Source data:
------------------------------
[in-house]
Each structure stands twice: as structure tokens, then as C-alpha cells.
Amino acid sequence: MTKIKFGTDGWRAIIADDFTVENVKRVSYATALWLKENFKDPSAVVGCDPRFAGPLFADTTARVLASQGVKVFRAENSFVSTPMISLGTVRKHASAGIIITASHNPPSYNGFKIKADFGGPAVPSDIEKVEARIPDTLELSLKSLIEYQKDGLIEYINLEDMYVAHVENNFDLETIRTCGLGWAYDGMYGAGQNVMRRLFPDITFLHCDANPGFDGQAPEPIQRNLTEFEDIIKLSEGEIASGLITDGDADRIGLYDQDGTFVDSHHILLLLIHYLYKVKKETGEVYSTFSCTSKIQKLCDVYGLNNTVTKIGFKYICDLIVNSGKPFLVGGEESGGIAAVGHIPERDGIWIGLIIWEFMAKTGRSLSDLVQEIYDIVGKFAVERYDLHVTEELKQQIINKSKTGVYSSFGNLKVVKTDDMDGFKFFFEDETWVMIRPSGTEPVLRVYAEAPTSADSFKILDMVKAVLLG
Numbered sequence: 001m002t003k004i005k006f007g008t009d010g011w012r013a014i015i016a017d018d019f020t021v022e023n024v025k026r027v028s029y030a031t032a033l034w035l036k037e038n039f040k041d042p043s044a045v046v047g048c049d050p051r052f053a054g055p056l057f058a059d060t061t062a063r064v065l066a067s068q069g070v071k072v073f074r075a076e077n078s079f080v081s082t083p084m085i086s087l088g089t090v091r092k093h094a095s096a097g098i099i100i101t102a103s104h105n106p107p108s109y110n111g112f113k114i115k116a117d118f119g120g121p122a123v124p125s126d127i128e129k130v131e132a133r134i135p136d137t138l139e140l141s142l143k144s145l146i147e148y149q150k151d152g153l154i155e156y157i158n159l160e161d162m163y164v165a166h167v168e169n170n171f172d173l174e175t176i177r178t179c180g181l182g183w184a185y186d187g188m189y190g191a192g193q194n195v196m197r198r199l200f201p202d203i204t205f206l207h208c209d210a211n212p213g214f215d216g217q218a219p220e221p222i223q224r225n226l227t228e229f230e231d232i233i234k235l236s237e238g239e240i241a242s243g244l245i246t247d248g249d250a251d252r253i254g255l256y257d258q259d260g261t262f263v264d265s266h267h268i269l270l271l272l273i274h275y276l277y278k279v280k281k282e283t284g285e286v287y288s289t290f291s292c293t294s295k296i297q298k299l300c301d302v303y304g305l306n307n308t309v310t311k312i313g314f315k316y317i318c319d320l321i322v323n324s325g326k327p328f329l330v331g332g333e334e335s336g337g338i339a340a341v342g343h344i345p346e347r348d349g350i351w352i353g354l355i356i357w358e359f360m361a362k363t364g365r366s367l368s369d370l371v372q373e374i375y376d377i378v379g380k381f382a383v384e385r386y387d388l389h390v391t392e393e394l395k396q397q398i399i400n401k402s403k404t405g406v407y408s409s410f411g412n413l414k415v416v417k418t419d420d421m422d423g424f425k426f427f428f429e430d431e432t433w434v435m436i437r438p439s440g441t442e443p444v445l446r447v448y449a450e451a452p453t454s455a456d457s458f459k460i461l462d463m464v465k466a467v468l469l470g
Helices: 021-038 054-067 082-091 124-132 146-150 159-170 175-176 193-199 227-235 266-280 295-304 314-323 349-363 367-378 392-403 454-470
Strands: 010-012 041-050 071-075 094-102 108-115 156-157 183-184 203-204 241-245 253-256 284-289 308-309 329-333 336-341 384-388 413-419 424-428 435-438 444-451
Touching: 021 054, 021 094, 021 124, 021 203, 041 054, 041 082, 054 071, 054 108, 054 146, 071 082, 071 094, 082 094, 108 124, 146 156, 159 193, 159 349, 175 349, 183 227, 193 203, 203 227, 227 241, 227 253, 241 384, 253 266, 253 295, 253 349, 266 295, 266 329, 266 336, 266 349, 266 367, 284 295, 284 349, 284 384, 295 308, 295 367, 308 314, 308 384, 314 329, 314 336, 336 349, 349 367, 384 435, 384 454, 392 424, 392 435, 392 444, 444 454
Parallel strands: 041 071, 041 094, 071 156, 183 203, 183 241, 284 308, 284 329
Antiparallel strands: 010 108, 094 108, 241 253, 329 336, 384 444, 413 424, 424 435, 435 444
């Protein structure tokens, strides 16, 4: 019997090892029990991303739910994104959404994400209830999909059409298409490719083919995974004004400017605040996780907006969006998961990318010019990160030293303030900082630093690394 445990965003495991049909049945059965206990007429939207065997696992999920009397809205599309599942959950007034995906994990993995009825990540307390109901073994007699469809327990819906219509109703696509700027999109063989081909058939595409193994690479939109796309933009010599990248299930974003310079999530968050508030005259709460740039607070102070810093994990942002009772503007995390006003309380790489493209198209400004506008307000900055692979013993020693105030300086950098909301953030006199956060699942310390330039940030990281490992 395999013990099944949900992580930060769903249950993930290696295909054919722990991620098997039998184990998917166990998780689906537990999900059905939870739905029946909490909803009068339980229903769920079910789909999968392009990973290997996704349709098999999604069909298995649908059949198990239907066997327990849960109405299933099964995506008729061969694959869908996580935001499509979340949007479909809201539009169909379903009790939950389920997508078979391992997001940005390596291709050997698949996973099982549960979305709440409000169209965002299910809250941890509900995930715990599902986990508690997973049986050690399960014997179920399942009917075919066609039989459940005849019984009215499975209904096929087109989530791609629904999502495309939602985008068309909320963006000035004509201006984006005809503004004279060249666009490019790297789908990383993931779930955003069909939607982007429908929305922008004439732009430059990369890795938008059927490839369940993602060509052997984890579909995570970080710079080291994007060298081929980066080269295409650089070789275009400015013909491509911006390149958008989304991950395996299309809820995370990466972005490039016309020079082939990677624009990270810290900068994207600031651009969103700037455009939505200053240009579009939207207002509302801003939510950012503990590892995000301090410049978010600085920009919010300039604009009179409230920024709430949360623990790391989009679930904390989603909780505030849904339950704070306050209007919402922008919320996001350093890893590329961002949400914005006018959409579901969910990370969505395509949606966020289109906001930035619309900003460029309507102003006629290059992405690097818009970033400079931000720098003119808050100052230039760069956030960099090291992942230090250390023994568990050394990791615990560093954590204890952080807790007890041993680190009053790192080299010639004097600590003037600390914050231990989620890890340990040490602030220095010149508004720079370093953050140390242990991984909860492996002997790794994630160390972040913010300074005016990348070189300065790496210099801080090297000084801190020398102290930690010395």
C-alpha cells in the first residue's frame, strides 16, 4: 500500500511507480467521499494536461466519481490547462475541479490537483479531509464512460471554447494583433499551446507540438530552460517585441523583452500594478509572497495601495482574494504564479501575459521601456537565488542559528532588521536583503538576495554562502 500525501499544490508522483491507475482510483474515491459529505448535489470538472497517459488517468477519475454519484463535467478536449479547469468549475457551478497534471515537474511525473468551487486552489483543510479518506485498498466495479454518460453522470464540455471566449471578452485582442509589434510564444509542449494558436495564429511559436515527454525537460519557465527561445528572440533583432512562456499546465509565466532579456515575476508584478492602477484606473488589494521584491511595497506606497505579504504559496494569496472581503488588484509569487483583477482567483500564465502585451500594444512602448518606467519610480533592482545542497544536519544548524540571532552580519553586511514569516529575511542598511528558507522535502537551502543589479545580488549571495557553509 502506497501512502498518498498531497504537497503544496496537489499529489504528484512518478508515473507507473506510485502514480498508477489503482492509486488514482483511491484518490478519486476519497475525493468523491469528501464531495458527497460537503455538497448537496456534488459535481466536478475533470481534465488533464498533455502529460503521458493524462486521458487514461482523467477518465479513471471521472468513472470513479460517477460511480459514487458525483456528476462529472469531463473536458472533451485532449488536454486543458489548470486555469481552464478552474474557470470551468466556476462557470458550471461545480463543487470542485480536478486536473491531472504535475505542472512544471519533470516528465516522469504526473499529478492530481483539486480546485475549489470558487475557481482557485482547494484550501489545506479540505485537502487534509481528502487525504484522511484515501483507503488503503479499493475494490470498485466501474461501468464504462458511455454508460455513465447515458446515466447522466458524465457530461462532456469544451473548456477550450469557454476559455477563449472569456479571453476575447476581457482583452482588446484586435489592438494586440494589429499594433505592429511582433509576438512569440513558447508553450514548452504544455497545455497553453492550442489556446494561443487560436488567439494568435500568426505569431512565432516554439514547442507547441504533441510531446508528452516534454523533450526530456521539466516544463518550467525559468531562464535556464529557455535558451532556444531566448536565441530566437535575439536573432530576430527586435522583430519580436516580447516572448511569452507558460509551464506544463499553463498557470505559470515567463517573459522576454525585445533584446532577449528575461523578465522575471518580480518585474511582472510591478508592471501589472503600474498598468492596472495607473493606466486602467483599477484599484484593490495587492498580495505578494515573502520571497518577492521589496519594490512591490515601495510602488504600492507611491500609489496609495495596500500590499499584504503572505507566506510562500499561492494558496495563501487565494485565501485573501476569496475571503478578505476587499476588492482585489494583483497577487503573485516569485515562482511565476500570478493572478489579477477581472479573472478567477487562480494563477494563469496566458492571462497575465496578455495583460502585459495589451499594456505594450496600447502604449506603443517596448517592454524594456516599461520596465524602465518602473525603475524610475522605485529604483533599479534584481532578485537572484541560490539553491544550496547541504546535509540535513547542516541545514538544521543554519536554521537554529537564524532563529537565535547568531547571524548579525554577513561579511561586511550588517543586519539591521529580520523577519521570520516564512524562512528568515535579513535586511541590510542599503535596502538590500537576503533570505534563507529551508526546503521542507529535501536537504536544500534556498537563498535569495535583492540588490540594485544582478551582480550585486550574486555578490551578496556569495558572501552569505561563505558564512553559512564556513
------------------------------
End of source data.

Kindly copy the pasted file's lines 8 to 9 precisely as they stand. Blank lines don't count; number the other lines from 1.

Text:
Parallel strands: 041 071, 041 094, 071 156, 183 203, 183 241, 284 308, 284 329
Antiparallel strands: 010 108, 094 108, 241 253, 329 336, 384 444, 413 424, 424 435, 435 444